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With the Fourth Industrial Revolution (4IR) already having a profound impact on almost every aspect of our lives, it’s critical that the South African tertiary education sector empower graduates with the skills they need to compete in the new world of work. That importance was underlined at the Huawei South Africa ICT Talent Development Annual Awards, which took place virtually on 10th of December 2021.

The awards recognise the top students and instructors from Huawei’s ICT Competition and its ICT Academy. The programme is aimed at driving the development of ICT talent for industry development and digital transformation and is a crucial element of Huawei’s talent ecosystem which seeks to address the skills shortage in the sector. 

The Huawei ICT Academy in South Africa, is a non-profit partnership programme that authorises universities and colleges to deliver certification courses to their students in the latest technologies of 5G, Cloud, AI and IoT. Huawei has partnered with 67 South Africa universities and TVET colleges to date.

Minister of Higher Education, Science and Innovation, Dr Blade Nzimande stressed how important programmes like the Huawei ICT Academy are.

“Under my ministry, we have developed innovation skills strategies that support existing industries like agriculture and mining and also aid in the creation of new industries, such as those linked to the green economy,” he said. “These strategies place a premium on building partnerships between my two departments, education and training institutions, and the business sector.”

Mr Buti Manamela, Deputy Minister of Higher Education, Science and Innovation stressed how important it is that these kinds of initiatives be accessible to all South Africans.

“The task of empowering people with the skills that bridge the digital divide requires partnerships with government, educational institutions, and communities,” he said. Digital technology is advancing at an incredible pace around the world, but it’s not happening evenly. When it comes to making training and other opportunities available, it’s important to make sure that young people and women, especially in rural areas, are exposed to them.”

Phinith Chanthalangsy Head of Unit, Programme Specialist Social and Human Sciences Sector, who delivered a speech on behalf of Dr Lidia Brito, UNESCO regional director for Southern Africa, underlined just how important the skills developed by the Huawei ICT Academy will be for ensuring that South Africa is able to compete successfully when it comes to 4IR.

“The education system has a huge and unique role to play in accompanying the transition to the future of work,” he said. “But in order for it to play that role, our traditionally mono-disciplinary educational systems must evolve to be multidisciplinary.”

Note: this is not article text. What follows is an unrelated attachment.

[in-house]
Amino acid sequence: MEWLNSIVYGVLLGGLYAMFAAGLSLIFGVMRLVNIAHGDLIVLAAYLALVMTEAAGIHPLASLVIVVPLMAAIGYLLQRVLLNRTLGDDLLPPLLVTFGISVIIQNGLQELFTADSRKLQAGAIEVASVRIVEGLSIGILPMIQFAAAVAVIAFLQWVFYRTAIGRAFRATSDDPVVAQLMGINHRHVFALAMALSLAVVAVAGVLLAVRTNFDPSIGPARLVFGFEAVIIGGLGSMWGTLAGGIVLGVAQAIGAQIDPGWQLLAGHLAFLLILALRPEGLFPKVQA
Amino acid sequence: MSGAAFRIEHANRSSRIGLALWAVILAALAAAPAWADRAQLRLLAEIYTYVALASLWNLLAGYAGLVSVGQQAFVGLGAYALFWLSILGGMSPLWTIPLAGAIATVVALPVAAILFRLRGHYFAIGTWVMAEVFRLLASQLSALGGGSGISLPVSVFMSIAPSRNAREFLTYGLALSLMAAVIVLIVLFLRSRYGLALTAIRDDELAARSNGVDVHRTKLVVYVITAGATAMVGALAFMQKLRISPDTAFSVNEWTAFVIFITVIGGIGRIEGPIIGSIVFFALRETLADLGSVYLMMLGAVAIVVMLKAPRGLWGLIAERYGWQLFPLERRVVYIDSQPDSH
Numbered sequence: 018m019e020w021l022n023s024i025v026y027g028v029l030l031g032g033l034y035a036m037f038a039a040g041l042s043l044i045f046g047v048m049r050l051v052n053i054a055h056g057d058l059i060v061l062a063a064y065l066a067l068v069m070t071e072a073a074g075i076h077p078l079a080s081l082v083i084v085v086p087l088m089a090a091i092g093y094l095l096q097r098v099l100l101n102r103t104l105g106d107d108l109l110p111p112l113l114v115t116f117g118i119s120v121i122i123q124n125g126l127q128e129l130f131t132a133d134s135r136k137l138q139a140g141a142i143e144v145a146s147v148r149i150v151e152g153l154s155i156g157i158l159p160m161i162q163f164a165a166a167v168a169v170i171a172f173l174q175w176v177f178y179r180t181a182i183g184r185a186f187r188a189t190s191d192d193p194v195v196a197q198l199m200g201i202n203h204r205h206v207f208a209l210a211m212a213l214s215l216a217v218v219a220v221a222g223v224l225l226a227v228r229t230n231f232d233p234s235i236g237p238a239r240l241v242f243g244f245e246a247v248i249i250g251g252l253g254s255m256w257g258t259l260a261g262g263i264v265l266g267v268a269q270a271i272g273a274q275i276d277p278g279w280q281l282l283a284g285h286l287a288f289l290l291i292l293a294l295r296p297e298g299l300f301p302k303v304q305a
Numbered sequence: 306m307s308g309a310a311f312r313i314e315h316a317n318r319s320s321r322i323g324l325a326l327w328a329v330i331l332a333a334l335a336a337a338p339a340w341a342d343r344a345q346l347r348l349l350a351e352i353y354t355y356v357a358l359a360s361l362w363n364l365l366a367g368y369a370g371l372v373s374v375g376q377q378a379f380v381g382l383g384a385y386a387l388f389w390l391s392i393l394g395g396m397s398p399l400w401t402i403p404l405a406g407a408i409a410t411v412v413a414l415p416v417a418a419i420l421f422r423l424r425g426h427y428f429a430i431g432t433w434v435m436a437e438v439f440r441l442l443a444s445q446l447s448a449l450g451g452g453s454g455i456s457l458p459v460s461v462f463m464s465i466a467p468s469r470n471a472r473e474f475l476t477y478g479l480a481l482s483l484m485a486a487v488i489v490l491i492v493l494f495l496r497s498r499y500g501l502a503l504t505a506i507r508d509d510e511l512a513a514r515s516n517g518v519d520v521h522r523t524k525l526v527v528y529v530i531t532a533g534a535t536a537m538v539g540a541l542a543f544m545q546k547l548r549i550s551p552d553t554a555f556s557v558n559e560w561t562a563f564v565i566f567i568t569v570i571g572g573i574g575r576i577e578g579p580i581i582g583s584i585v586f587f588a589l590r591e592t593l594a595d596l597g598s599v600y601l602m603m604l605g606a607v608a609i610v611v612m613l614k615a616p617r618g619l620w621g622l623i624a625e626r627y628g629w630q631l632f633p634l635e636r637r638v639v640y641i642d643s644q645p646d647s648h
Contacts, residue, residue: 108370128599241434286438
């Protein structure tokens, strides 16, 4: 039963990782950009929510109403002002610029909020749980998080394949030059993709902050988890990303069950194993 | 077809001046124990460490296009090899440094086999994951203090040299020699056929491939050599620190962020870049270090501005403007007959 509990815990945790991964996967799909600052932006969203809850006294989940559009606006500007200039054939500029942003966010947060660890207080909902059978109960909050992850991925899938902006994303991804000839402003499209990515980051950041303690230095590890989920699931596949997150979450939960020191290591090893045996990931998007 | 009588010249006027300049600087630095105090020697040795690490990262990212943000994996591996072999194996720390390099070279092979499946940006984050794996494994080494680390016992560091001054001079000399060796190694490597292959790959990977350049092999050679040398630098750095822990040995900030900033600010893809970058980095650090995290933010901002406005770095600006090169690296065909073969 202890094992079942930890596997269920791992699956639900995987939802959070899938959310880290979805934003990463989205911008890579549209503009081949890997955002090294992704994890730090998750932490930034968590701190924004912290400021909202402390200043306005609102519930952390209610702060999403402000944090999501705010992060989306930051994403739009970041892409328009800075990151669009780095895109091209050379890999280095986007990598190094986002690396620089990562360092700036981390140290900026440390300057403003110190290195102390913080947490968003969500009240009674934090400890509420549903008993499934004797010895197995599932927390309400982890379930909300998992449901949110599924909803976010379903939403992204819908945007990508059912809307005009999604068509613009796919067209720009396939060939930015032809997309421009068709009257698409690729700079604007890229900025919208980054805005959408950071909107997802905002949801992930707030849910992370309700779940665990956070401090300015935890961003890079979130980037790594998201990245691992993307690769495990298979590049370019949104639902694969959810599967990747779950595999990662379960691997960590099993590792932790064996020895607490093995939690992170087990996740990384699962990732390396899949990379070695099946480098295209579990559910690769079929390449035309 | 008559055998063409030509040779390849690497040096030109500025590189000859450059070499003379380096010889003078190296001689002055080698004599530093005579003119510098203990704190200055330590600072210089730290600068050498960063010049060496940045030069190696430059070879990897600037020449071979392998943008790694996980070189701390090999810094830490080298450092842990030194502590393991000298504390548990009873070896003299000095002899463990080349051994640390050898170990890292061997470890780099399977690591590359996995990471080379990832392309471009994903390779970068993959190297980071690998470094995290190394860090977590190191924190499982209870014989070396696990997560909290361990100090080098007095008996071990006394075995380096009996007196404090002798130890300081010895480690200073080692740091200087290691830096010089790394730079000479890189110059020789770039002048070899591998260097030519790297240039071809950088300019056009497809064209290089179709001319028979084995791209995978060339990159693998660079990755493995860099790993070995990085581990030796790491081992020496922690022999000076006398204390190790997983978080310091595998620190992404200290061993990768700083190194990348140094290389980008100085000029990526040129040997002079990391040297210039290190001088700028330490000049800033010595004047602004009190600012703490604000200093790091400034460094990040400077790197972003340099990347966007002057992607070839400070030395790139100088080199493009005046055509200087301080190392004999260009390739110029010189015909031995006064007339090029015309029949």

As Derrick Zhang, VP of Southern Africa Enterprise Business Department, Huawei pointed out, this kind of investment could have significant dividends for the South African economy.

“The ICT sector is one of the largest contributors to South Africa’s GDP,” he said. “The total revenue increased by 2% from R238 billion in 2019 to 243 billion in 2020.”

He added that this growth has helped fuel employment, with the number of employees in the telecommunications sector growing 2.1% over the six years leading up to 2020. As technology plays an increasingly important role in our lives, this growth will only accelerate.

“All this will require increased skills,” Zhang said. “We believe investing in education is the most important way to bridge the gap in ICT talent.”

Representatives from educational institutions at the event echoed the importance of building these skills as well as providing the infrastructure needed to do so.

“I must thank Huawei South Africa for their contribution to Durban University of Technology and other South African universities,” said Prof. Keolebogile Motaung, Director, Technology Transfer & innovation, DUT. “Since 2019, we have trained 245 students as a result of this partnership and began integrating digital technologies into our academic and non-academic operations, such as online classes and registrations.”

“We’ve seen that if the infrastructure of colleges can be improved, the situation will improve,” said Robert Mojafi, Deputy Principal, Academics at Taletso TVET College. “We can be proud of the fact that, with the support of Huawei, colleges are moving to learner management systems that are pushing them towards digitalisation.”

The winners of the awards illustrated the benefits of this approach. 

“The Huawei cloud track encouraged me to develop a solid ICT understanding in several other technologies, including AI and Internet of Things,” said Dickson Hove, a student at Durban University of Technology and winner in the Huawei ICT Competition.

“Through Huawei’s partnership, we were not only able to upskill our students but extend that skills development into the wider communities we serve,” said Almaine Horne Registrar, School of Occupation & Training, Eastcape Midlands TVET College, which won in the Excellent Academy category. “I’m looking forward to future engagements with Huawei to see how we can solidify the opportunities for our students and communities.”

“Initiatives like those from Huawei prove that if you provide the infrastructure to universities and colleges, we can make it,” said Edward Madoba, Lecturer, Mopani TVET College and winner in the Excellent Instructor category.

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